Cannabis campaigners in Jersey are waiting to see if the island’s government will go ahead with a long-planned change in approach to people found in possession of a small quantity of a class B or C drug.
If the draft Crime (Prejudice and Public Disorder) Law were passed in its last-seen form, cannabis would not be decriminalised, nor legalised, but on the whole, people found in possession of these drugs would not end up with a criminal record, even after repeat offences.
Simon Harrison, co-ordinator of campaign group End Cannabis Prohibition Jersey (ECPJ), regards it as “a simple form of de jure decriminalisation”. The group hopes that at the quarterly public hearing of the children, education and home affairs scrutiny panel on Friday 11 November, the minister for home affairs, Deputy Helen Miles, will announce progress.
“We’re hoping it’ll be ready in Q2 2023, before the summer break,” says Mr Harrison.
“Fundamentally, the Crime Law’s amendment to the Misuse of Drugs Law removes the possibility of being referred to magistrate’s court for repeat possession of less than 15g of cannabis flower or resin, thus avoiding the potential of a criminal record.”
He describes this as “the logical continuation of the previous Attorney General Directives of 1998, 2015, 2019 and 2022 that introduced diversionary responses to first and second time possession offences to be dealt with via written cautions.” These allowed Jersey’s parish hall enquiries, led by a centenier (an honorary police officer), to issue a written caution for a first offence, and for a second offence too, if more than a year had elapsed since the first.
Low-level drug offenders are kept out of the magistrate’s court, and do not acquire a criminal record.
Parish hall enquiries have been run on Jersey for 800 years, in the 12 parishes. The government describes them as “a customary, informal alternative to formal court processing” and “a participatory forum, and there is much negotiation between all the parties about the circumstances of the alleged offence and the appropriate penalty”. They deal with youth offending and minor offences committed by adults.
Under current legislation, repeat offending of possession of class B or C drugs leads to the magistrate’s court, and the possibility of a criminal record. The proposed change to the law would allow centeniers to impose fines of up to £200 (to be increased periodically to allow for inflation) for persistent low-level offending. Specifically, Article 28 (2) would make a “consequential amendment” to the Misuse of Drugs (Jersey) Law 1978 “to address occasional repeat drug possession offences through the imposition of a similar fine of up to £200”.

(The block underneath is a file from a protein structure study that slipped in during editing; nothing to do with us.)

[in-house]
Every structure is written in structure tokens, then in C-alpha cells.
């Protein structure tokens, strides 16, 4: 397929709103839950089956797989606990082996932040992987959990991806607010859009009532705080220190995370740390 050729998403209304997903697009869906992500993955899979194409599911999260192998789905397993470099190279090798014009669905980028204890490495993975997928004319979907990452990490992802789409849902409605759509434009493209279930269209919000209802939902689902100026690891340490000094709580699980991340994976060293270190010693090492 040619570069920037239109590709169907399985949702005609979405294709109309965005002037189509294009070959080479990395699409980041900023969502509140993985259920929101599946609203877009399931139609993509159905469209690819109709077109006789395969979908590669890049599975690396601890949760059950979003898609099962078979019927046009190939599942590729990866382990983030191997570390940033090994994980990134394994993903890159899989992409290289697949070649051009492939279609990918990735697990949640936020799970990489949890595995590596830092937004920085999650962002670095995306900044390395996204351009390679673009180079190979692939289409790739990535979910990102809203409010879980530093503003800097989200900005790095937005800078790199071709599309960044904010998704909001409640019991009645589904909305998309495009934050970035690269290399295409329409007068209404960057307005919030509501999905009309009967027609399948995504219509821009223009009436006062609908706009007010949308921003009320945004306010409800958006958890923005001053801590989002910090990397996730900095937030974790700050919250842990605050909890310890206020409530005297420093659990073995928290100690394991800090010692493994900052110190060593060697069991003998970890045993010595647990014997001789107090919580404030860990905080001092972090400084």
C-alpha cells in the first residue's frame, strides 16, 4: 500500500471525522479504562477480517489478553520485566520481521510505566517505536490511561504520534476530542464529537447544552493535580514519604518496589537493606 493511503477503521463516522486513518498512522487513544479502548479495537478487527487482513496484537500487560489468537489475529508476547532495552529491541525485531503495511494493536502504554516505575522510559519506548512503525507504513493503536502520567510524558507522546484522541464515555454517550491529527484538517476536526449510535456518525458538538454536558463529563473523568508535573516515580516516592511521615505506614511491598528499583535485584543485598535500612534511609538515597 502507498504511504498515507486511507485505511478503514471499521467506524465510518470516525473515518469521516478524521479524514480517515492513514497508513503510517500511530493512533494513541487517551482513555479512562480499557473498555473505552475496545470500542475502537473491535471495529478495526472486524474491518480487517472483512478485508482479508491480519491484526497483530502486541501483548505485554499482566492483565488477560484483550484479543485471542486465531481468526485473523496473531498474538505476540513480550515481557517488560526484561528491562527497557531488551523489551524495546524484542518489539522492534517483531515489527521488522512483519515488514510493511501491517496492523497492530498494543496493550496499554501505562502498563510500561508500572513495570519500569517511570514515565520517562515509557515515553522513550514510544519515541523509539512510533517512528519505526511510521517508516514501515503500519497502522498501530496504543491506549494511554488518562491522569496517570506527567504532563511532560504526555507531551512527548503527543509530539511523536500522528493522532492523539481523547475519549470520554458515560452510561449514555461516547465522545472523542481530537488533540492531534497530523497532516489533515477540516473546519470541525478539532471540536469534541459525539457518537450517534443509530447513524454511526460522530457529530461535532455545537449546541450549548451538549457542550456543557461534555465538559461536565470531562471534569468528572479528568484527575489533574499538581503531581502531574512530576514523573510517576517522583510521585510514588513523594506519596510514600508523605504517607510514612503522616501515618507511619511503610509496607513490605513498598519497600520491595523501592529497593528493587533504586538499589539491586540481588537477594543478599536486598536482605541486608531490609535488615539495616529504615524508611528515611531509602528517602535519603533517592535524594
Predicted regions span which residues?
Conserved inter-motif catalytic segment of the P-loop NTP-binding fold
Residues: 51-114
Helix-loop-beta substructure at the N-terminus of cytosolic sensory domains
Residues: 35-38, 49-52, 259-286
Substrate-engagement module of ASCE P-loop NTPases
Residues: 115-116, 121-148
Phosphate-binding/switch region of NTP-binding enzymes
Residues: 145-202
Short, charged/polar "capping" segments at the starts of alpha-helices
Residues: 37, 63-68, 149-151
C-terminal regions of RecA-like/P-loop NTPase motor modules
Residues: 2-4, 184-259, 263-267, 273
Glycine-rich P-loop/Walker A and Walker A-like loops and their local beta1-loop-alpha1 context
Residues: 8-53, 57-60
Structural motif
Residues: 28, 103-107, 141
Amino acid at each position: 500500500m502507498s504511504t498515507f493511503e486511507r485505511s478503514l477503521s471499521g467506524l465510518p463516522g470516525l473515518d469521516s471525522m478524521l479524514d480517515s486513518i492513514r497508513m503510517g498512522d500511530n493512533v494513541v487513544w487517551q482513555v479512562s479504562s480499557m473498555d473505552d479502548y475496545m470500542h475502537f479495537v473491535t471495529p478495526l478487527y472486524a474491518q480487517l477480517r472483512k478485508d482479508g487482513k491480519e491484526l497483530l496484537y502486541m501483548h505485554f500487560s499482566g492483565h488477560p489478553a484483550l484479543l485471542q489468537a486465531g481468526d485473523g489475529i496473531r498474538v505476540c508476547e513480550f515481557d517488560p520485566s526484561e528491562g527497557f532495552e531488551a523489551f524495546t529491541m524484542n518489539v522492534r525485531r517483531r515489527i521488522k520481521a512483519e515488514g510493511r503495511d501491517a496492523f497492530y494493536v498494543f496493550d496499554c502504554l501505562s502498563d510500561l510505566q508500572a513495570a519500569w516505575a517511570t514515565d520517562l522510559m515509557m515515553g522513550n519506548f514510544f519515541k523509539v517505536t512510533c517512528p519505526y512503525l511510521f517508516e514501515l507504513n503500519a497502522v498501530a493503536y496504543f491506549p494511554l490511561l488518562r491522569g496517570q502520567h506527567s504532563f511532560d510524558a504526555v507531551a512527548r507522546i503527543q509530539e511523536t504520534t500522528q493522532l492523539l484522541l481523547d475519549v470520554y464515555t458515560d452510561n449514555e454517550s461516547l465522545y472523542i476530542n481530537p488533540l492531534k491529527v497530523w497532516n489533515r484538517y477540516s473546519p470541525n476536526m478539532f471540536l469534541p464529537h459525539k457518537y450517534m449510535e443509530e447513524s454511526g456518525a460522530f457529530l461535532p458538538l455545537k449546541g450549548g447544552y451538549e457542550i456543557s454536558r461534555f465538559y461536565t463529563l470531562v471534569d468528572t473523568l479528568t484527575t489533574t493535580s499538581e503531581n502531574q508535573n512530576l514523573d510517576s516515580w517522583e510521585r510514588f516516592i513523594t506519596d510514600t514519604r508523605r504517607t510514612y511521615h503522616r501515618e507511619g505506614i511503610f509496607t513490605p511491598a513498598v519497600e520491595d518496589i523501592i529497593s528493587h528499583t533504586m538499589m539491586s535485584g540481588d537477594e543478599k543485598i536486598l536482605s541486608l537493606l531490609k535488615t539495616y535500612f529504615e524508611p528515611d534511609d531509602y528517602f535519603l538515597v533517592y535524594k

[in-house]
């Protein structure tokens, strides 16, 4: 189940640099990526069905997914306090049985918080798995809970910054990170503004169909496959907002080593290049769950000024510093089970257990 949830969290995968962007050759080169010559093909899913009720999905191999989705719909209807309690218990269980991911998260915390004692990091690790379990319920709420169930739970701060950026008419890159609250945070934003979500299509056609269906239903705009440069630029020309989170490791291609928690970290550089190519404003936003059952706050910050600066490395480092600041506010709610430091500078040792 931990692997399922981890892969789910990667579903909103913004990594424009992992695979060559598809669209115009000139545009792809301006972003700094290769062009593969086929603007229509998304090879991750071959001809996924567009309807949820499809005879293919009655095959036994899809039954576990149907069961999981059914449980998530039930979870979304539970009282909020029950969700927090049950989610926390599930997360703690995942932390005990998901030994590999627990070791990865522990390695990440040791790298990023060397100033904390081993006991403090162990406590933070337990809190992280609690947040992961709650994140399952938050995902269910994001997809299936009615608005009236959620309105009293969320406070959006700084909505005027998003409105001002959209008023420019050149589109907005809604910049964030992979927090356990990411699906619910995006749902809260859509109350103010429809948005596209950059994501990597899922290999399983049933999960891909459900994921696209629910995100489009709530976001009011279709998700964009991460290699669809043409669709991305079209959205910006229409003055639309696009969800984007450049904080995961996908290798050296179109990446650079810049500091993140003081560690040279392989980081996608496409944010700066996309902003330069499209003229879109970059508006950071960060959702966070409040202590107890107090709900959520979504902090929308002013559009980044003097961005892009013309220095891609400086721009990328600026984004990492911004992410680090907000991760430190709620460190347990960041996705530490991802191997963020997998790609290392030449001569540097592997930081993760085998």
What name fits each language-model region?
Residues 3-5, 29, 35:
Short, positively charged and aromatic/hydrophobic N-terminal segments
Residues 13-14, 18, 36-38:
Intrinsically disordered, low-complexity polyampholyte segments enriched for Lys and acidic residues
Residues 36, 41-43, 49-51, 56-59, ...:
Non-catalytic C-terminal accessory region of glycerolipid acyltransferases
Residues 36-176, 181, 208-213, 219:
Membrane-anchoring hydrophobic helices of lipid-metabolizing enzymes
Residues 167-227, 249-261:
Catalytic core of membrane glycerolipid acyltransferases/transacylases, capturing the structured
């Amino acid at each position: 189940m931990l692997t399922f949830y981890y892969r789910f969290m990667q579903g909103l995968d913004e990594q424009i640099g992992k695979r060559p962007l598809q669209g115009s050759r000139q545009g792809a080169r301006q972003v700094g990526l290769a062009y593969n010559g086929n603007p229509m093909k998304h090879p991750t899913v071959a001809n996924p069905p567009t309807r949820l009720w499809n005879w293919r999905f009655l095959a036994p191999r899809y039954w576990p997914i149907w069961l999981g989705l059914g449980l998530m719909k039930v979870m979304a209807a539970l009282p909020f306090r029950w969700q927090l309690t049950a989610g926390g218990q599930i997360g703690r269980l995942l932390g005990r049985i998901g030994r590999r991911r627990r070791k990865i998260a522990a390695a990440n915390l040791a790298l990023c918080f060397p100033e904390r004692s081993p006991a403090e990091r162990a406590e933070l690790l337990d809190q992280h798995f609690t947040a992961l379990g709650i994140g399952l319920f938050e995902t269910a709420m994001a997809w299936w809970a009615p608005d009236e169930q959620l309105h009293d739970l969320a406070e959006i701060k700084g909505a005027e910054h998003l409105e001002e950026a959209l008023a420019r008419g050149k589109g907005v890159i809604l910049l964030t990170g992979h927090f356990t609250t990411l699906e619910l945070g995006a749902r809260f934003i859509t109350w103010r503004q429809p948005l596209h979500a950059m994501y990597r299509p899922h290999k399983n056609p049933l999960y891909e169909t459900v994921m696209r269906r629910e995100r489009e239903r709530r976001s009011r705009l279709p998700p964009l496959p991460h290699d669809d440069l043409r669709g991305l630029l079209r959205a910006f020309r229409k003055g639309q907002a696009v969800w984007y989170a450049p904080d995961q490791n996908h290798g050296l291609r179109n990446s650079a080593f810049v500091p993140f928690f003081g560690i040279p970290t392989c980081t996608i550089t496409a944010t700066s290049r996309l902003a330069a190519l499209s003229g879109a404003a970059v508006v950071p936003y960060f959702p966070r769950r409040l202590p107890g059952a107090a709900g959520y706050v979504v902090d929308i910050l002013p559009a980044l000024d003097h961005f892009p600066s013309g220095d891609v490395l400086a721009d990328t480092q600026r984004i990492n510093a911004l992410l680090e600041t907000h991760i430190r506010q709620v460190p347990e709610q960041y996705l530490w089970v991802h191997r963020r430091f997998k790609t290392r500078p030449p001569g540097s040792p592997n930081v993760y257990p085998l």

It is by no means certain, however, that the law will be passed in its last-seen form. Time has passed since it was drafted, and there has been a change of government. A consultation on this law was launched in October 2019 and extended in December 2019. The responses were published in April 2021. Its primary focus was on ‘hate crimes’, public order offences and the fining powers of centeniers. The proposal to manage drug offences at parish hall enquiries was only one small part of the law—a part, however, which was described as “helpful” to both the States of Jersey Police and the Honorary Police in the consultation report, which noted that it “would avoid unnecessary court appearances”. The Comité des Chefs also approved the proposed change.
The law was close to its final form, when it was withdrawn. The matter was explained at a quarterly public hearing of the children, education and home affairs panel by the then minister for home affairs, Deputy G.C. Guida, in January 2022. The reason was nothing to do with the drug-offences part of the law—it was because the content relating to prejudice was deemed to be out of date. It was based on ten year old British law. Deputy Guida said, “We were pretty much ready to lodge it and then the Scottish came up with a much updated law that took much more account of the new landscape with social media. That was something that we did not have, that was not very well taken care of in our law. In seeing that, we saw how much our law would be outdated on entry which would have been really, really silly.”
There was a “low expectation that any future council of ministers might turn around and refuse to take it forward at all” the panel heard from the head of justice policy and strategic policy, Nathan Fox.
A new government was elected in June, and as yet the law has not been lodged. The largest party elected, Reform Jersey, had included decriminalisation of cannabis in its manifesto “as part of a wider harm reduction strategy as there is a growing body of evidence that criminalisation is counterproductive and more costly in the long run.”